Getting the subcontractor to certify that an OCI problem does not  exists is not sufficient since it is the government who is the final  arbitrator of whether or not there is an OCI issue.  Relying on the  subcontractor’s certification statement cost the prime contractor its  bid.

Subcontractor poor past performance

A prime contractor identified several small businesses that had  direct contract experience with the customer and invited these companies  to join their team. The sales reps from the small businesses boasted  how well they knew the customer, how strong their relationships were,  and how insightful they were about the work being competed. It was a  perfect match, and the prime signed up the subcontractors.

The prime and the subcontractors worked hard on the proposal. The  prime submitted the bid, and shortly thereafter was told they lost. In  the debriefing, the government indicated the subcontractors’ past  performances was marginal and was overstated in the proposal. As a  result, the government down-scored the proposal based on the poor  subcontractor past performance and overstated claims.

I suppose no sales rep has ever told a prime contractor that his/her  firms performance was marginal and they had a lousy relationship with  the customer. After all, sales reps wouldn’t last very long in that  position if they didn’t put a positive spin on a marginal situation.

Subcontractors with extreme incumbentitis
The government changed the size standard on the recompete of a  contract, forcing the incumbent to look for a company with the right  size standard and socio-economic certification to prime their contract.  After careful deliberation, they identified a partner who had a  long-term history with the client and an outstanding reputation. The  teaming agreement was signed and the proposal was begun.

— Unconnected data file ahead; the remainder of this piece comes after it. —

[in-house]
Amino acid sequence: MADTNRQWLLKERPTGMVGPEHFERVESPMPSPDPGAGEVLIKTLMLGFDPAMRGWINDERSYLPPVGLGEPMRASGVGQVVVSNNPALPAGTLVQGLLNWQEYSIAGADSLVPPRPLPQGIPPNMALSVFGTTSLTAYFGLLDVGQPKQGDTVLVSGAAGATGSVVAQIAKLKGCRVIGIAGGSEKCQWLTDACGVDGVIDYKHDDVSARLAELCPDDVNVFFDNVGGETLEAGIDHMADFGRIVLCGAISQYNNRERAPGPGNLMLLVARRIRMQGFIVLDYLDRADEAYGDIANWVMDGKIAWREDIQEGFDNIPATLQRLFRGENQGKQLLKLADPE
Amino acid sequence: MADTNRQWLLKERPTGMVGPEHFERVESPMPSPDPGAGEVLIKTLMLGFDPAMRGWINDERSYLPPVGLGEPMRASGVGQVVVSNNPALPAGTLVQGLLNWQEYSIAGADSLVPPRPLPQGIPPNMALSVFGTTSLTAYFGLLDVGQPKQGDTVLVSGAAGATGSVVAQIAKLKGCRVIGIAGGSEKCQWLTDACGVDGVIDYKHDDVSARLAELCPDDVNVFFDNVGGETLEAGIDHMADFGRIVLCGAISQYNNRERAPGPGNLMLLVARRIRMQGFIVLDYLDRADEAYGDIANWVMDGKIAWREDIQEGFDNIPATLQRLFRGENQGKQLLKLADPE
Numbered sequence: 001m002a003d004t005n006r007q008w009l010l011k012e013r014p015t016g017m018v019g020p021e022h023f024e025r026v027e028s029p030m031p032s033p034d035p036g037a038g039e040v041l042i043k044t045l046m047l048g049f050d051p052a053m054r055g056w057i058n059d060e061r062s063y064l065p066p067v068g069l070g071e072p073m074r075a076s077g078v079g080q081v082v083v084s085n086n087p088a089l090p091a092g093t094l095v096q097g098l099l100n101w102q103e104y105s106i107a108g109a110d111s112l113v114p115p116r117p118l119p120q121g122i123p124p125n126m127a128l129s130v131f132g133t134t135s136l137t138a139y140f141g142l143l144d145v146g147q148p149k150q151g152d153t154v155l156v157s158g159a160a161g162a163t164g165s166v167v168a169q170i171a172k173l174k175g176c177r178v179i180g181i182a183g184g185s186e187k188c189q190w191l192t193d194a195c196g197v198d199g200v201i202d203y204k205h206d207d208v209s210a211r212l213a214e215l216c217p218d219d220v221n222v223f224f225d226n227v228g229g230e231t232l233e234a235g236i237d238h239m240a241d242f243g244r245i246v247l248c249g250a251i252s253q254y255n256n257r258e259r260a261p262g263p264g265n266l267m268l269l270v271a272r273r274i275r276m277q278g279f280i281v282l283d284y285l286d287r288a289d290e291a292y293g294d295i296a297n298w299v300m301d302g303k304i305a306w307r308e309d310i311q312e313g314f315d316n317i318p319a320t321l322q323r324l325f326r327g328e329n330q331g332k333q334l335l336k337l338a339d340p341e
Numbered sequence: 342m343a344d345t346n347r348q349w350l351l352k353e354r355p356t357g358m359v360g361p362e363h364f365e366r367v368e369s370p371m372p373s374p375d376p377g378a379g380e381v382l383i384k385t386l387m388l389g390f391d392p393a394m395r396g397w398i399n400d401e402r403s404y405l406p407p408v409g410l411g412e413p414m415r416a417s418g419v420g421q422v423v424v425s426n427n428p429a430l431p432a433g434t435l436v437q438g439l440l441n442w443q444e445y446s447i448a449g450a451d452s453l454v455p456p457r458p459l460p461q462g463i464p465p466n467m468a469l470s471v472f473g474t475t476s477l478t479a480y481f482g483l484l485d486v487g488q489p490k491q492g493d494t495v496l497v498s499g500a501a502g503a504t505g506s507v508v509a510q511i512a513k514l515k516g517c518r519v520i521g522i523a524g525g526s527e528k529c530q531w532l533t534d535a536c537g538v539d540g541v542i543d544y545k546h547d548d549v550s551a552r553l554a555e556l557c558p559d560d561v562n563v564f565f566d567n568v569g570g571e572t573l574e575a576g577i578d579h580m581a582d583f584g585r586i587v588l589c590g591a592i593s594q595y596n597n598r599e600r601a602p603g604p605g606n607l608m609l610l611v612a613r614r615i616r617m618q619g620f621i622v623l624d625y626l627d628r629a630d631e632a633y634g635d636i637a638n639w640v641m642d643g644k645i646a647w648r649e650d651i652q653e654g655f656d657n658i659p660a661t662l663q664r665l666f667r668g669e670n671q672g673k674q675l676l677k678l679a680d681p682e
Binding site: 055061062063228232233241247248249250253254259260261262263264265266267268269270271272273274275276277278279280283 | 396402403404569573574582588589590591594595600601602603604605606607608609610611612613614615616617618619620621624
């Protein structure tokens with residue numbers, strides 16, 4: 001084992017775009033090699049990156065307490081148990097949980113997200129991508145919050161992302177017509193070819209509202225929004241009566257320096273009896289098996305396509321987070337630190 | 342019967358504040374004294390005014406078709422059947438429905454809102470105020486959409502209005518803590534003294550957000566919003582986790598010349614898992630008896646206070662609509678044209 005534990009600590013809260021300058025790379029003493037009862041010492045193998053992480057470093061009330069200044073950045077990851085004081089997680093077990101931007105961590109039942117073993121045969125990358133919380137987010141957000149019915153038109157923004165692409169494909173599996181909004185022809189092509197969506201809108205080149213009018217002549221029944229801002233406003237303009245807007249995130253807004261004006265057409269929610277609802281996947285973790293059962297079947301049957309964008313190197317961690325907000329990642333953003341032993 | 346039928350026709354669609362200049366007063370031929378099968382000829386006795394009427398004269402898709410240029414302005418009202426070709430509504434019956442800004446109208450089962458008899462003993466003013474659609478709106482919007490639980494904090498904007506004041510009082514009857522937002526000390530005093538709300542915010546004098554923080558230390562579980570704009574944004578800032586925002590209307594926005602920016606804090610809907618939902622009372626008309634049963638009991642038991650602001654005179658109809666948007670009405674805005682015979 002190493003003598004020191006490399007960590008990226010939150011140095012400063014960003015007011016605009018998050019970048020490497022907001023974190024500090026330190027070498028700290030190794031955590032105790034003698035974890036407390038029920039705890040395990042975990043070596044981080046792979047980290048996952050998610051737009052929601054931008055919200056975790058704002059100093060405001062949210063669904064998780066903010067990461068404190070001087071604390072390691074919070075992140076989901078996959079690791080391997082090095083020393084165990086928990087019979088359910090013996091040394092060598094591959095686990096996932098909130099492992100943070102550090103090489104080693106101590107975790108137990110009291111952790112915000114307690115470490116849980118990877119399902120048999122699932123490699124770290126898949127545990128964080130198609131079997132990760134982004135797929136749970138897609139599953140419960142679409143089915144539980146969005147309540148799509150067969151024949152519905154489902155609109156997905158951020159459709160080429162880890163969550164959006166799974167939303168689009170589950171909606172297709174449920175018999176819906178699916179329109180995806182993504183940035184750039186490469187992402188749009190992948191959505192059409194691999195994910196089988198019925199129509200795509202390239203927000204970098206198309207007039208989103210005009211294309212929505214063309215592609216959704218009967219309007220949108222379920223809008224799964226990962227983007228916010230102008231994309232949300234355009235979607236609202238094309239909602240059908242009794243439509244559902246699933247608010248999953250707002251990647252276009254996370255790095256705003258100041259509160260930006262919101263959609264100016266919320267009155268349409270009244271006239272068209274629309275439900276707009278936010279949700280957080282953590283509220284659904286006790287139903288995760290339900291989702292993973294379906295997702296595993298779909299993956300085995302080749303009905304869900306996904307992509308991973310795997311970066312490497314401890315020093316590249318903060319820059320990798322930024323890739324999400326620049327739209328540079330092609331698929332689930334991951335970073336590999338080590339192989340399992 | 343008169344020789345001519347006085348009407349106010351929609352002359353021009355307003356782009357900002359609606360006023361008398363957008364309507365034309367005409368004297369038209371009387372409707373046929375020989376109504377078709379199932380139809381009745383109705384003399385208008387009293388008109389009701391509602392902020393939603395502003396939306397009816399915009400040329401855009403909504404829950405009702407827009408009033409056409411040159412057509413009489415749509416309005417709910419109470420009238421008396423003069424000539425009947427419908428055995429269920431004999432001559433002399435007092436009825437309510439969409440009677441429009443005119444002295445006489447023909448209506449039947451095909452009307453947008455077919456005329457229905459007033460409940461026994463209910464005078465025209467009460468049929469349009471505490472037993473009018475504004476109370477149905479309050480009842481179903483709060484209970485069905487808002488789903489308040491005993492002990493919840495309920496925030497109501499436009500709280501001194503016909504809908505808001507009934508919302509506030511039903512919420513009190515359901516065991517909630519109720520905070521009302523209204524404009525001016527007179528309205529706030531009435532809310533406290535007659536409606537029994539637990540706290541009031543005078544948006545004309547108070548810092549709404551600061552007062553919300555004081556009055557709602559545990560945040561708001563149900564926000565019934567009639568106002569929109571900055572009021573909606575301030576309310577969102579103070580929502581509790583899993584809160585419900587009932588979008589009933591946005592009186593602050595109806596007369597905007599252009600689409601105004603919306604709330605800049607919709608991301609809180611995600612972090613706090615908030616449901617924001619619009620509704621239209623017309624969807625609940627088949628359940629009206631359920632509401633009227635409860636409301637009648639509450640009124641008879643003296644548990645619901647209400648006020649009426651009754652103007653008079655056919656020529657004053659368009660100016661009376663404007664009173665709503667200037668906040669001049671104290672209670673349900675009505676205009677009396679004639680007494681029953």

Next, the incumbent proceeded to make the new prime’s life miserable.  They developed an extreme case of incumbentitis, could not understand  the necessity of improving their processes on the new contract, thought  every benefit rested on the argument that they were the incumbent, and  were extremely cautious sharing information with the prime contractor  even to the detriment of the bid.

The incumbent insisted that the proposal only had to conform with  section C (statement of work) of the RFP, not section L (proposal  instructions) and M (proposal evaluation criteria). According to  subcontractor, they never paid attention to L and M, only the SOW. They  were quite adamant and disrupted all review meetings.

To resolve these issues, we arbitrated a meeting between the top  executives of both firms resulting in the subcontractor changing out the  people supporting the proposal. With new, more reasonable players  involved, progress is being made towards a winning proposal but much  valuable time has been lost in the exercise of forming a highly  functioning team. We’ll have to wait to see how this one turns out.

A positive outlook on teaming
Not all teaming arrangements turn out badly. If you want to read more  about teaming and the characteristics that make teaming successful,  refer to Washington Technology’s articles by Nick Wakeman about the
WT Insider Reports.

However, if you can’t resist telling your story about how a  subcontractor sunk your bid, please add it to the comments section  below. Truth is stranger than fiction so let’s hear what you have to  say."

About the Author:  Bob Lohfeld is the chief executive officer of the Lohfeld Consulting Group. E-mail is

No comments: